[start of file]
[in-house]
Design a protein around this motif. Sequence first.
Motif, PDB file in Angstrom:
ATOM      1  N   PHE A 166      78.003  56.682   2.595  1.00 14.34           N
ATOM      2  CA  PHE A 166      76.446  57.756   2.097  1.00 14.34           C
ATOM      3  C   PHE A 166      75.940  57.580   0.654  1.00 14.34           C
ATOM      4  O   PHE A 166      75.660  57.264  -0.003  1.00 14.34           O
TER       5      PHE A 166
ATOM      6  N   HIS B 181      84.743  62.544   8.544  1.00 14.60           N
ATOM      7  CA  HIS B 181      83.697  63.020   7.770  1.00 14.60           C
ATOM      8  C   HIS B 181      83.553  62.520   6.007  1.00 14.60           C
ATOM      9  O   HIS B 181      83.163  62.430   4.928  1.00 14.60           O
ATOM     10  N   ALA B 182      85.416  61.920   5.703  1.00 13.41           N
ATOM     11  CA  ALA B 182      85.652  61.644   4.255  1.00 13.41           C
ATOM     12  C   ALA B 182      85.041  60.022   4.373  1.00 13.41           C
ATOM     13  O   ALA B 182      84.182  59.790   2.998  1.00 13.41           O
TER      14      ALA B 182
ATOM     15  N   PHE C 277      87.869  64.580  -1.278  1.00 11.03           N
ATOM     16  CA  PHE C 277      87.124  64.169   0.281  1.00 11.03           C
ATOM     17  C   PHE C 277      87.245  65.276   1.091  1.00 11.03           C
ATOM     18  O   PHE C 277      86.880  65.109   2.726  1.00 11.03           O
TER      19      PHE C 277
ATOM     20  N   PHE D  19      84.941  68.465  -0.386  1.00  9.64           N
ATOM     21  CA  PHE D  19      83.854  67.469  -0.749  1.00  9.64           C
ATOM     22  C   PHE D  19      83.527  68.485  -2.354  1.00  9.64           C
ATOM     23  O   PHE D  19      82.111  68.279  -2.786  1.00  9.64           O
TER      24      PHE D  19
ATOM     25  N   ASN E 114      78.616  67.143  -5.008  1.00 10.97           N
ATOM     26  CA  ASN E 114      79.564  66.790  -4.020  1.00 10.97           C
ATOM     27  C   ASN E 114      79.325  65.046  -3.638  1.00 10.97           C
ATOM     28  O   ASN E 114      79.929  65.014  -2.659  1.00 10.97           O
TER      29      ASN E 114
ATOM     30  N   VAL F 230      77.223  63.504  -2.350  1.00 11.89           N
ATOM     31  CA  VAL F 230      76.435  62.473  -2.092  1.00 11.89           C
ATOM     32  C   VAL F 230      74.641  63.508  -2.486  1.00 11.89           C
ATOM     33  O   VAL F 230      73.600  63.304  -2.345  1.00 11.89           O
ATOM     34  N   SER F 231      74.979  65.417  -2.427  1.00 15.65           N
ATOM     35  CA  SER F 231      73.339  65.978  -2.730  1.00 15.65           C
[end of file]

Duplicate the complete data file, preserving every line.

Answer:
[in-house]
Design a protein around this motif. Sequence first.
Motif, PDB file in Angstrom:
ATOM      1  N   PHE A 166      78.003  56.682   2.595  1.00 14.34           N
ATOM      2  CA  PHE A 166      76.446  57.756   2.097  1.00 14.34           C
ATOM      3  C   PHE A 166      75.940  57.580   0.654  1.00 14.34           C
ATOM      4  O   PHE A 166      75.660  57.264  -0.003  1.00 14.34           O
TER       5      PHE A 166
ATOM      6  N   HIS B 181      84.743  62.544   8.544  1.00 14.60           N
ATOM      7  CA  HIS B 181      83.697  63.020   7.770  1.00 14.60           C
ATOM      8  C   HIS B 181      83.553  62.520   6.007  1.00 14.60           C
ATOM      9  O   HIS B 181      83.163  62.430   4.928  1.00 14.60           O
ATOM     10  N   ALA B 182      85.416  61.920   5.703  1.00 13.41           N
ATOM     11  CA  ALA B 182      85.652  61.644   4.255  1.00 13.41           C
ATOM     12  C   ALA B 182      85.041  60.022   4.373  1.00 13.41           C
ATOM     13  O   ALA B 182      84.182  59.790   2.998  1.00 13.41           O
TER      14      ALA B 182
ATOM     15  N   PHE C 277      87.869  64.580  -1.278  1.00 11.03           N
ATOM     16  CA  PHE C 277      87.124  64.169   0.281  1.00 11.03           C
ATOM     17  C   PHE C 277      87.245  65.276   1.091  1.00 11.03           C
ATOM     18  O   PHE C 277      86.880  65.109   2.726  1.00 11.03           O
TER      19      PHE C 277
ATOM     20  N   PHE D  19      84.941  68.465  -0.386  1.00  9.64           N
ATOM     21  CA  PHE D  19      83.854  67.469  -0.749  1.00  9.64           C
ATOM     22  C   PHE D  19      83.527  68.485  -2.354  1.00  9.64           C
ATOM     23  O   PHE D  19      82.111  68.279  -2.786  1.00  9.64           O
TER      24      PHE D  19
ATOM     25  N   ASN E 114      78.616  67.143  -5.008  1.00 10.97           N
ATOM     26  CA  ASN E 114      79.564  66.790  -4.020  1.00 10.97           C
ATOM     27  C   ASN E 114      79.325  65.046  -3.638  1.00 10.97           C
ATOM     28  O   ASN E 114      79.929  65.014  -2.659  1.00 10.97           O
TER      29      ASN E 114
ATOM     30  N   VAL F 230      77.223  63.504  -2.350  1.00 11.89           N
ATOM     31  CA  VAL F 230      76.435  62.473  -2.092  1.00 11.89           C
ATOM     32  C   VAL F 230      74.641  63.508  -2.486  1.00 11.89           C
ATOM     33  O   VAL F 230      73.600  63.304  -2.345  1.00 11.89           O
ATOM     34  N   SER F 231      74.979  65.417  -2.427  1.00 15.65           N
ATOM     35  CA  SER F 231      73.339  65.978  -2.730  1.00 15.65           C